International Journal of Earth Sciences

, Volume 92, Issue 3, pp 407–425 | Cite as

Isotopic evidence (He, B, C) for deep fluid and mud mobilization from mud volcanoes in the Caucasus continental collision zone

  • Achim KopfEmail author
  • Annette Deyhle
  • Vasili Y. Lavrushin
  • Boris G. Polyak
  • Joris M. Gieskes
  • Guram I. Buachidze
  • Klaus Wallmann
  • Anton Eisenhauer
Original Paper


The Caucasian orogenic wedge formed as a consequence of the closure of the Tethyan Ocean, and numerous fields of active mud volcanoes pepper the area adjacent to the Black and Caspian Seas. Stable isotope ratios of boron, helium, and carbon have been measured for gas, fluid and sediment samples from active mud volcanoes of Taman Peninsula and Georgia to estimate the sources and mobilization depths of the fluid phase and mud. Boron concentrations in mud volcano fluids were found to be 5–35× higher than seawater. Fluid isotope ratios vary between δ11B=22 and 39‰, while isotope ratios of the smectite- and illite-rich extruded mud are considerably depleted in heavy 11B (δ11B=−8 to +7‰). B contents of these muds are ~8× higher than modern marine sediments. This suggests that liquefaction prior to mud volcanism was accompanied by both B enrichment and isotope fractionation, most likely at an intermediate depth mud reservoir at 2–4 km.

The hydrocarbon-generating source beds to the mud volcanoes are located at 7 to >10 km depth in the folded Maikop Formation and are of proposed Oligocene–Miocene age. The most likely mechanism is re-hydration of these shales by both hydrocarbons and a geochemically mature fluid from greater depth within the orogenic wedge. Such a deep fluid source is supported by our results from gas analyses, which imply an admixture of minor amounts (less than 1%vol) of 3He (Georgia), thermogenic 13C in methane as well as "ultraheavy" 13C in CO2 (both Taman and Georgia). The overall results attest active local flow of geochemically different fluids along deep-seated faults penetrating the two study areas in the Caucasian orogenic wedge, with the waters as well as the gases coming from below the Maikop Formation.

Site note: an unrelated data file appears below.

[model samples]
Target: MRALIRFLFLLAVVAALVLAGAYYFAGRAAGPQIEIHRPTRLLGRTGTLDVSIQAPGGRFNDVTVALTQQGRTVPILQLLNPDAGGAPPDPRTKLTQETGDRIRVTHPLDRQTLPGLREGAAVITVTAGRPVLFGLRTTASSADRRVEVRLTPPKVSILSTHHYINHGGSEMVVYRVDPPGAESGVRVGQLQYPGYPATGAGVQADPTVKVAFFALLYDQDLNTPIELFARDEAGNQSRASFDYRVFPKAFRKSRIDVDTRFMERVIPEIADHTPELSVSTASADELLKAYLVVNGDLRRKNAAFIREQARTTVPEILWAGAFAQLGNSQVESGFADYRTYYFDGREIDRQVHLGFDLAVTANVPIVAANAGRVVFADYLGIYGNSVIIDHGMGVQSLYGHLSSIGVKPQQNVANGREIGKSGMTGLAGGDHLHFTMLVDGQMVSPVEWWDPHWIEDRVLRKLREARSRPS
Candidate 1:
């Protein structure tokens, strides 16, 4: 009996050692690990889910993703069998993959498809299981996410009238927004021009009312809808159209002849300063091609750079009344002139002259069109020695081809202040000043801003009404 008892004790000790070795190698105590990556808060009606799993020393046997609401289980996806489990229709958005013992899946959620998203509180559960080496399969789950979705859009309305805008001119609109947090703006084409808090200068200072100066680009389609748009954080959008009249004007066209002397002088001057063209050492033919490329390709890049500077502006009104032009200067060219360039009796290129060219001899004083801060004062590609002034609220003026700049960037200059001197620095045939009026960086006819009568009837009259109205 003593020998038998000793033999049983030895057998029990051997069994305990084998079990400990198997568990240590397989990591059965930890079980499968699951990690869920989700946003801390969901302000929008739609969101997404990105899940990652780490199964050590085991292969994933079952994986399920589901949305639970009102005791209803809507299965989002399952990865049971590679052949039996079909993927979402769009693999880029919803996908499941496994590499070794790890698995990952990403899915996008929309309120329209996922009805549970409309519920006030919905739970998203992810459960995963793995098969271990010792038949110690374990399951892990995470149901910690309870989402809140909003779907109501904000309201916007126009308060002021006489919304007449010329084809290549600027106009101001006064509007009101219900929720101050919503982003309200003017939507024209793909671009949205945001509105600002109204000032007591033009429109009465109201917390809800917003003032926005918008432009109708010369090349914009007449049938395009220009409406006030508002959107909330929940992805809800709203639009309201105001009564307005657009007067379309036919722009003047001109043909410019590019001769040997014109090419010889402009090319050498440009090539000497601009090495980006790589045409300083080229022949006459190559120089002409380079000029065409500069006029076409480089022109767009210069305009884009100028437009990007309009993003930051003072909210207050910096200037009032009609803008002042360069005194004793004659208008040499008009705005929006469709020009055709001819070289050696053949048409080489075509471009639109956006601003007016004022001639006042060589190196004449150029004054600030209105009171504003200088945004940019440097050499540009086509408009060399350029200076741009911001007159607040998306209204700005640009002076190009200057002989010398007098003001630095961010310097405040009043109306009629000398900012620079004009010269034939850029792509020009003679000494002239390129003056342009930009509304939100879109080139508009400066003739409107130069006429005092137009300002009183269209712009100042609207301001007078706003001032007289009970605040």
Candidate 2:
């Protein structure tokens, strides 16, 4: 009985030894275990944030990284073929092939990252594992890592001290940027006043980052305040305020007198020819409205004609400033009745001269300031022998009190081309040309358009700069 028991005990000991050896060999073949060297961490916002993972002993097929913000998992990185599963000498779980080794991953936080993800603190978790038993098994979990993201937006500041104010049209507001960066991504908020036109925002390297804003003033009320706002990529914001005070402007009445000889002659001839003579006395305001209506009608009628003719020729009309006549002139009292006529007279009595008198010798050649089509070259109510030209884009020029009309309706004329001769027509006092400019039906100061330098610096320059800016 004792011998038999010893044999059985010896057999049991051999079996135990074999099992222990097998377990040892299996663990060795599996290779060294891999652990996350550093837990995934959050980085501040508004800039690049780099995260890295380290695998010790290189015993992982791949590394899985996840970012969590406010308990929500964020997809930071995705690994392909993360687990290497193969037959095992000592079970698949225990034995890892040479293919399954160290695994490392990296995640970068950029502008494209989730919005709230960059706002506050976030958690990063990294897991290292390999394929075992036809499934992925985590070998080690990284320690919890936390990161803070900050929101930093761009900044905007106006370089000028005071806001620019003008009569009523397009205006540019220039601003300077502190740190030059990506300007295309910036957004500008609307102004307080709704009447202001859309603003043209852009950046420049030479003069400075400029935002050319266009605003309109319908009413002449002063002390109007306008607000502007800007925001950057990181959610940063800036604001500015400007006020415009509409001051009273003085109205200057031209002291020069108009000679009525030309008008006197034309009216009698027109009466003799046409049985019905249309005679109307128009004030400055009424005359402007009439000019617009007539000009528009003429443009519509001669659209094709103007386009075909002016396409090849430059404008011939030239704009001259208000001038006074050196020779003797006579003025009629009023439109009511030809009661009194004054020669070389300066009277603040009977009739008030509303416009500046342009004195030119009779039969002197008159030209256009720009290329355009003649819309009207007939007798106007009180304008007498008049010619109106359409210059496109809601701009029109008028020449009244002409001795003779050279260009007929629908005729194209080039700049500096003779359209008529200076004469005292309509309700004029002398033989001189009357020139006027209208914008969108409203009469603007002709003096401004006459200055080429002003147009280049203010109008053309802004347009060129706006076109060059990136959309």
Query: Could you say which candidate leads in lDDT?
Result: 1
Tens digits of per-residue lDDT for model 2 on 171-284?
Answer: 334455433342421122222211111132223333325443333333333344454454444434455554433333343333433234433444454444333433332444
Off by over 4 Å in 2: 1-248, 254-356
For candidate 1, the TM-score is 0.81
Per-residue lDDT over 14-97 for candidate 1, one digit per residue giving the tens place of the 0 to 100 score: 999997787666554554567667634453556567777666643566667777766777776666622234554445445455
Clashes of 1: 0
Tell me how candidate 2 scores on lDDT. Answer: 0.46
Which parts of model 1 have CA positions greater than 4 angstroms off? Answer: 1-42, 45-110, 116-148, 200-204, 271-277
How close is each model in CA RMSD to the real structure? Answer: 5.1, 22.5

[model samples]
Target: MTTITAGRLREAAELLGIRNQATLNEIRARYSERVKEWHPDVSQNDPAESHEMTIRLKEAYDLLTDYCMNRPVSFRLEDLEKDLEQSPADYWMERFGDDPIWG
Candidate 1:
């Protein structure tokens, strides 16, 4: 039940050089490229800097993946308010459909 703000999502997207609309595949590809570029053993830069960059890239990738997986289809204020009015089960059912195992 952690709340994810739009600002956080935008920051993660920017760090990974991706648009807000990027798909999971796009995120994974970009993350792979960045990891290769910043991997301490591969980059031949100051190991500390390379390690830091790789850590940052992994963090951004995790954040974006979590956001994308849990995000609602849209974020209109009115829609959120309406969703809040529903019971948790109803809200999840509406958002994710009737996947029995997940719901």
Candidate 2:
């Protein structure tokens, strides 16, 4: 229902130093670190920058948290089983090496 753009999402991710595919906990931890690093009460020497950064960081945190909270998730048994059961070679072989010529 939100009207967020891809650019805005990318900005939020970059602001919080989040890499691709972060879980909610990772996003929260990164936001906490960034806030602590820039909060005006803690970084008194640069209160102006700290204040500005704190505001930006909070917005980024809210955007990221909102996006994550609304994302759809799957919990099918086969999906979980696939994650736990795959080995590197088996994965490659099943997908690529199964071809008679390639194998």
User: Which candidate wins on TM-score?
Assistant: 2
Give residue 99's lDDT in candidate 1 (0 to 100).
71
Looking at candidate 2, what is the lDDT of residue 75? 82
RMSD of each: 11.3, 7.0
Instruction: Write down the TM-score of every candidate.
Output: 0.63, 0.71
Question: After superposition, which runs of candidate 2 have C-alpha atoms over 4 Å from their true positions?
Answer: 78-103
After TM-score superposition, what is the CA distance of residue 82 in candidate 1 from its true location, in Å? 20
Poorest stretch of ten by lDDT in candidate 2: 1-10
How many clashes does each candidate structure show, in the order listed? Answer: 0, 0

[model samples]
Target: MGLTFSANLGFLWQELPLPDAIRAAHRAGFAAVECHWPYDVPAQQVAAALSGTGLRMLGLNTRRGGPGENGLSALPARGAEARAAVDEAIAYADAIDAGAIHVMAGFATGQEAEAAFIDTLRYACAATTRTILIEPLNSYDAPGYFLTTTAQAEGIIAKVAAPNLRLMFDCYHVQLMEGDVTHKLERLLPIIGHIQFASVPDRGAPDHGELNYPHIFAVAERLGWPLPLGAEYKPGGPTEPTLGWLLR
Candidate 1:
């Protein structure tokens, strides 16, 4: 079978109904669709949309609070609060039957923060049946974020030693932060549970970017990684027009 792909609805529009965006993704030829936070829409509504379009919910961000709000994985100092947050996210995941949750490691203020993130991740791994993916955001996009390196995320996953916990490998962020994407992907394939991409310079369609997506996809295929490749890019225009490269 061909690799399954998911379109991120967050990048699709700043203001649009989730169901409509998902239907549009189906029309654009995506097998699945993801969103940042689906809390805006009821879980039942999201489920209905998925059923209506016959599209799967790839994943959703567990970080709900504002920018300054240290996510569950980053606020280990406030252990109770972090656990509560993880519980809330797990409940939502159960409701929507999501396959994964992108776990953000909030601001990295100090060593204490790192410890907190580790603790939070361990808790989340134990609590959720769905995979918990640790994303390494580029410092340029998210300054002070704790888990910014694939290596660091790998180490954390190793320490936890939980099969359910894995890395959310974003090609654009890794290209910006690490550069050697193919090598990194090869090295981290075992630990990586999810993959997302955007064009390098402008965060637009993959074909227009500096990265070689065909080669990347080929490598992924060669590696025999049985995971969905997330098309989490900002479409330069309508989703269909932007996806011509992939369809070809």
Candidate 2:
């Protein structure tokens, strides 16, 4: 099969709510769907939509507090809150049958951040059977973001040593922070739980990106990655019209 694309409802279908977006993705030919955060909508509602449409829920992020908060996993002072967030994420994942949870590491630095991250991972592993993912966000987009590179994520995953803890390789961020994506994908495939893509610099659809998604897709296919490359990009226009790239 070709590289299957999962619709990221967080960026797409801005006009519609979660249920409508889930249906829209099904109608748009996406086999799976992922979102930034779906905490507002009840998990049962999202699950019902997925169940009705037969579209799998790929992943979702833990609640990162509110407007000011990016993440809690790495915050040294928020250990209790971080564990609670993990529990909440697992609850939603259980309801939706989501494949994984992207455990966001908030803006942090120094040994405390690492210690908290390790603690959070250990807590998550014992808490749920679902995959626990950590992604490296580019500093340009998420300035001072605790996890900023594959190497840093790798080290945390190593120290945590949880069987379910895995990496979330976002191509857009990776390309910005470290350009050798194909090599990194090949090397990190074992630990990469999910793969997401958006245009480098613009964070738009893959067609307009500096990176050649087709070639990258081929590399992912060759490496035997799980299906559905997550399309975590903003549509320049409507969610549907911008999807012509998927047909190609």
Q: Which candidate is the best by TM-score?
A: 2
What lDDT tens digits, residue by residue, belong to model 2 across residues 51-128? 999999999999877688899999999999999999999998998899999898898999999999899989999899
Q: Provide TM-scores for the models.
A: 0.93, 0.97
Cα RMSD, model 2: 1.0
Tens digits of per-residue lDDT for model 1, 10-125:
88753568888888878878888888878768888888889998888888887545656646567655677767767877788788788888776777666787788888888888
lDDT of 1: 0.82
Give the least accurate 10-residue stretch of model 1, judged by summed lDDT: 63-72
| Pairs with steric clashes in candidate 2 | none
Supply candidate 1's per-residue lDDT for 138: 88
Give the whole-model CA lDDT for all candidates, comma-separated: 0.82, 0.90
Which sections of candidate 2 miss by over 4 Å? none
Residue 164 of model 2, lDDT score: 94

Mud volcanism Boron isotopes Caucasus Deep-seated fluids Liquefaction 



The authors are grateful for discussion with H. Lange, R.M. Prasolov and I.L. Kamenskii. We especially thank R. Surberg and A. Bleyer for their support during the analyses. B. Bock, E. Zuleger, as well as three anonymous referees are thanked for their criticism on an early draft of this work. More importantly, the helpful suggestions by reviewers H.-J. Brumsack and A.H.F. Robertson helped us to clarify and better illustrate our results. Financial support for the XRD and ICP-MS of the sediments was provided by the EU TMR "large-scale facilities" programme through the University of Bristol (UK). We are also indebted to funding through research grants #00-05-64014 from the Russian Foundation of Basic Researches (VYuL and BGP), Deutsche ForschungsGemeinschaft Zu 80/2-2 (AD) and BASF AG, Germany (AK).


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Copyright information

© Springer-Verlag 2003

Authors and Affiliations

  • Achim Kopf
    • 1
    Email author
  • Annette Deyhle
    • 1
  • Vasili Y. Lavrushin
    • 2
  • Boris G. Polyak
    • 2
  • Joris M. Gieskes
    • 1
  • Guram I. Buachidze
    • 3
  • Klaus Wallmann
    • 4
  • Anton Eisenhauer
    • 4
  1. 1.SCRIPPS Institution of OceanographyUCSDLa JollaUSA
  2. 2.Geological InstituteRussian Academy of Science (GIN RAS)MoscowRussia
  3. 3.Institute of Hydrogeology and Engineering GeologyGeorgian Academy of ScienceTbilisiGeorgia
  4. 4.GEOMAR Research CentreKielGermany

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